Technical

TECH INSIGHT: Have Mercedes just changed the game with new steering wheel system?

Special Contributor

Mark Hughes
Share

This feature is currently not available because you need to provide consent to functional cookies. Please update your

F1 fans’ eyes were drawn to onboards of Lewis Hamilton’s Mercedes W11 on Day 2 of 2020 pre-season testing at Barcelona, as footage appeared to show him moving his steering wheel in the car to effect a change in the W11’s attitude. Mark Hughes analyses what’s going on inside the new Silver Arrows machine…

Mercedes created a stir on the second day of testing as an on-board camera showed Lewis Hamilton pushing and pulling on the steering column (as shown in the video above), using a mechanism that appeared to change the alignment of the front wheels.

ONBOARD: Watch as Lewis Hamilton sets fastest time in Day 1 of pre-season testing

Hamilton would pull the wheel back on the column as he drove down the straight (which had the effect of straightening-out the usual ‘toe-out’ of the wheels) and would then push it back down just before the corner, at which point the wheels would adopt their conventional ‘toe-out’ setting.

Typically an F1 car will be set up so that its front wheels are aligned with ‘toe-out’, which simply means that they splay out at the bottom away from the centre of the car, with the top pointing inwards.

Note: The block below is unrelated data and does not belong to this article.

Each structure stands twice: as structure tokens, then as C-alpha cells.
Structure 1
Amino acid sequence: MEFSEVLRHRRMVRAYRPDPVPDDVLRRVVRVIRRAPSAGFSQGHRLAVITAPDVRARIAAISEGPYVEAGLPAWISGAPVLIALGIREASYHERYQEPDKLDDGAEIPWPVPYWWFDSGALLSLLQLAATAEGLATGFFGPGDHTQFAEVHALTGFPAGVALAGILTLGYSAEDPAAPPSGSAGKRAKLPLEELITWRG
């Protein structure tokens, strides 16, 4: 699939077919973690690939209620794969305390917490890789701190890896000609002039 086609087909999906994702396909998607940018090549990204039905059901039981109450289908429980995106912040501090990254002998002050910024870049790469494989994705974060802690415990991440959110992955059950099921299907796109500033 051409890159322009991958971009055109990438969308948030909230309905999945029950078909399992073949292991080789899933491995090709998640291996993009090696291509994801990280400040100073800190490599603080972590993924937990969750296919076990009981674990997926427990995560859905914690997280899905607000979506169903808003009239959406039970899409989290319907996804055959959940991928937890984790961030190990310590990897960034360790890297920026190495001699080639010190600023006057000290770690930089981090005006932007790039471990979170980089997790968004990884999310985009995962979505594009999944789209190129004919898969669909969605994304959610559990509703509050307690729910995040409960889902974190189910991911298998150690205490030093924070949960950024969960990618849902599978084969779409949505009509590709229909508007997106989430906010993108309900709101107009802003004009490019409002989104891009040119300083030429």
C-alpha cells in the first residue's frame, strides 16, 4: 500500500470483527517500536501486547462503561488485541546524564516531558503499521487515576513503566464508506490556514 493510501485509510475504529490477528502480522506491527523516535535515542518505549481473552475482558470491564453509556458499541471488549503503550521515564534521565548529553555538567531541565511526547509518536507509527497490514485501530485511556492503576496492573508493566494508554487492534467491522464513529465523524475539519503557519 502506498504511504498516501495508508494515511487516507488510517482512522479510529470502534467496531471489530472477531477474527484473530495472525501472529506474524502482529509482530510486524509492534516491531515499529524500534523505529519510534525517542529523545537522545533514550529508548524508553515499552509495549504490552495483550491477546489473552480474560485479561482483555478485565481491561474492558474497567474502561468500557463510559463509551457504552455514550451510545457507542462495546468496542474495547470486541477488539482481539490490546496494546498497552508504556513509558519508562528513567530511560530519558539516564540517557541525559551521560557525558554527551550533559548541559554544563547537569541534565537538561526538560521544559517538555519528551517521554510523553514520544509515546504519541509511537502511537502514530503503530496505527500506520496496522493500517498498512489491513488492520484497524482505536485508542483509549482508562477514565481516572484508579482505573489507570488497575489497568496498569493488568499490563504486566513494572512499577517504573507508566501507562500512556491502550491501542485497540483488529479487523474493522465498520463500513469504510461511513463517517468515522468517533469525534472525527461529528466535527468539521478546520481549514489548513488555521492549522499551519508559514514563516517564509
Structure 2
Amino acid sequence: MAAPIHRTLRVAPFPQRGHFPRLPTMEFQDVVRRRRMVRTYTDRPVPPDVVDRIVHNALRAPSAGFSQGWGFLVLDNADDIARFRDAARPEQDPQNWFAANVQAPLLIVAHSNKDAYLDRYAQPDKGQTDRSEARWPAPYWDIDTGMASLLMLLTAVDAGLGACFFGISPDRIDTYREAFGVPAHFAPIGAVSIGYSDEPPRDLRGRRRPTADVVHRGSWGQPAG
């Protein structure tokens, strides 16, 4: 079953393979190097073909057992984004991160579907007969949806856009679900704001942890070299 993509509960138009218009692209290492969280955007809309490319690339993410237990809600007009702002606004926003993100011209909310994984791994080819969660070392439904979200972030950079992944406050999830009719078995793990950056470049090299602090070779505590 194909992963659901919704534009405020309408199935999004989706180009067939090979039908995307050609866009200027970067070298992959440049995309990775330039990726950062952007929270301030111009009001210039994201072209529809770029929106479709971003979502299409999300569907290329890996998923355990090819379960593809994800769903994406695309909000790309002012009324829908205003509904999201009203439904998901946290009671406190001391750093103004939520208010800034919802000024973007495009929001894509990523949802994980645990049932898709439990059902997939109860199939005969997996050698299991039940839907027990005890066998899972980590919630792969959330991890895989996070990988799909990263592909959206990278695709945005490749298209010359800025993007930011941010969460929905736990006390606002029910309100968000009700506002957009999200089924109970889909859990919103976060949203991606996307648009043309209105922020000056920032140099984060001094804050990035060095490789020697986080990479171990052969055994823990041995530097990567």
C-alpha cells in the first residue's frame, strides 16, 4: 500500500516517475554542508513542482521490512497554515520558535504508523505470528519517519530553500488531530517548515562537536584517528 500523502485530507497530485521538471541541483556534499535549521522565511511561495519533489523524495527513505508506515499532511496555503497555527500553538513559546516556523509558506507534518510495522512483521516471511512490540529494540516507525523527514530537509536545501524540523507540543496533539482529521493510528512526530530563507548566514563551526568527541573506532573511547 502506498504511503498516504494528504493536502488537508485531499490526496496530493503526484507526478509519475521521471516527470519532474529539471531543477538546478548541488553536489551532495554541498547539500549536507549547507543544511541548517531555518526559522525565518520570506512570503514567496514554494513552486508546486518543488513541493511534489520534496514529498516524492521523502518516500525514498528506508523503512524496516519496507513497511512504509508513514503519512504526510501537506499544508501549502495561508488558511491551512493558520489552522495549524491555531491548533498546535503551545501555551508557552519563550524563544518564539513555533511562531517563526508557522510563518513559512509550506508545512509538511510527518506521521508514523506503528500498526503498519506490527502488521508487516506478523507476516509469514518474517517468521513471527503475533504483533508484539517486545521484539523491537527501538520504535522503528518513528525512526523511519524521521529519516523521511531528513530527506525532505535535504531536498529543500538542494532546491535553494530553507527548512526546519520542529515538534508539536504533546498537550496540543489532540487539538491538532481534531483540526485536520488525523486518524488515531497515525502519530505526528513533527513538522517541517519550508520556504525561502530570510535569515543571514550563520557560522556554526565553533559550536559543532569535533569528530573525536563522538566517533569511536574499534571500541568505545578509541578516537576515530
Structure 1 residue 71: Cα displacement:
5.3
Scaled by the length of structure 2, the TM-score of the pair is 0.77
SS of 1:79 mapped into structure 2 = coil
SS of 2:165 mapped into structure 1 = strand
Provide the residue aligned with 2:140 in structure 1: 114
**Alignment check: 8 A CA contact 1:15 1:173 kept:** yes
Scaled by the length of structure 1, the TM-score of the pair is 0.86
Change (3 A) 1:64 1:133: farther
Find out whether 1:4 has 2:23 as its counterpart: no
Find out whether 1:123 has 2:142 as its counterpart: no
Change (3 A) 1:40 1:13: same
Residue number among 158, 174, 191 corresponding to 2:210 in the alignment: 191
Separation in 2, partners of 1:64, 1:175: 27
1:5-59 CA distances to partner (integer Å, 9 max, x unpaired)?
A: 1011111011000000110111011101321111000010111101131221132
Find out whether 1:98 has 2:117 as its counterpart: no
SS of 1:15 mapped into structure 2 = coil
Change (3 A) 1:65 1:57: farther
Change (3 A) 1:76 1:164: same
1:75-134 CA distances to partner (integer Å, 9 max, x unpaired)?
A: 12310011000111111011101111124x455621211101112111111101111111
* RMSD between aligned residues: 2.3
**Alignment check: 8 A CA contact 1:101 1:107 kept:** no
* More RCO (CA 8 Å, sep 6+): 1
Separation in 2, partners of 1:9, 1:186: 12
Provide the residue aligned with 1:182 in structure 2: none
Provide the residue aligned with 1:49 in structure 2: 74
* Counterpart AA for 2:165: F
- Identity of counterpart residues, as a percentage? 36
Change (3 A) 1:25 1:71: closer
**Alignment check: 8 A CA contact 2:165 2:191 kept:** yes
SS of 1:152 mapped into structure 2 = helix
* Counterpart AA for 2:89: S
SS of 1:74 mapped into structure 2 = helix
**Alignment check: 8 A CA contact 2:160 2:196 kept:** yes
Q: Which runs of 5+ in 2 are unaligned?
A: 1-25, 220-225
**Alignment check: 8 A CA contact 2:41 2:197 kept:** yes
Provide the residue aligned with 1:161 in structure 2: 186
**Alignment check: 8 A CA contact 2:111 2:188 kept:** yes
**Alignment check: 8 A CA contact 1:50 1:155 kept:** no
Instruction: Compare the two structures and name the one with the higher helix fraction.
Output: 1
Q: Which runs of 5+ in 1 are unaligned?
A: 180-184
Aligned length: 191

LIVE TIMING – full coverage of Formula 1 Pre-Season Testing 2020

This feature is currently not available because you need to provide consent to functional cookies. Please update your

Hamilton & Allison quizzed on Mercedes' new 'Dual Axis Steering' system

The reason they are set in this way is to create a tiny delay in the front tyres loading up as the car is turned in so that the rear tyres do not have too sudden an instantaneous load placed upon them, which would make the car feel unstable on turn in.

However, this means that on the straight the inner edge of the tyre’s tread surface is being heated up more than is the remainder of its width.

READ MORE: New 'DAS' steering wheel system ‘legal’ and ‘safe’, insist Mercedes

If the Mercedes mechanism works as assumed, the tyres will be heated more evenly across their width as they run fully upright, but the benefits of toe-out can still be deployed into the corner. It will be of particular benefit on circuits with long straights.

It appears to be a fully mechanical device, likely using the column movement to activate a lever acting upon the wheel hubs. It will add a whole new dimension to the tools available to the driver in trimming the balance of the car and looking after the tyres.

The full picture of how exactly Mercedes’ system works will doubtless become clearer in the next few days. But one thing is clear: the reigning world champions certainly haven’t been taking their foot off the gas over the winter break…

F1 Testing: What the data tells us from Day 1

Share

YOU MIGHT ALSO LIKE

Coming Up

Coming Up

FeatureF1 Unlocked

ANALYSIS: With Alonso locked in at Aston Martin, where does that leave Sainz and his future?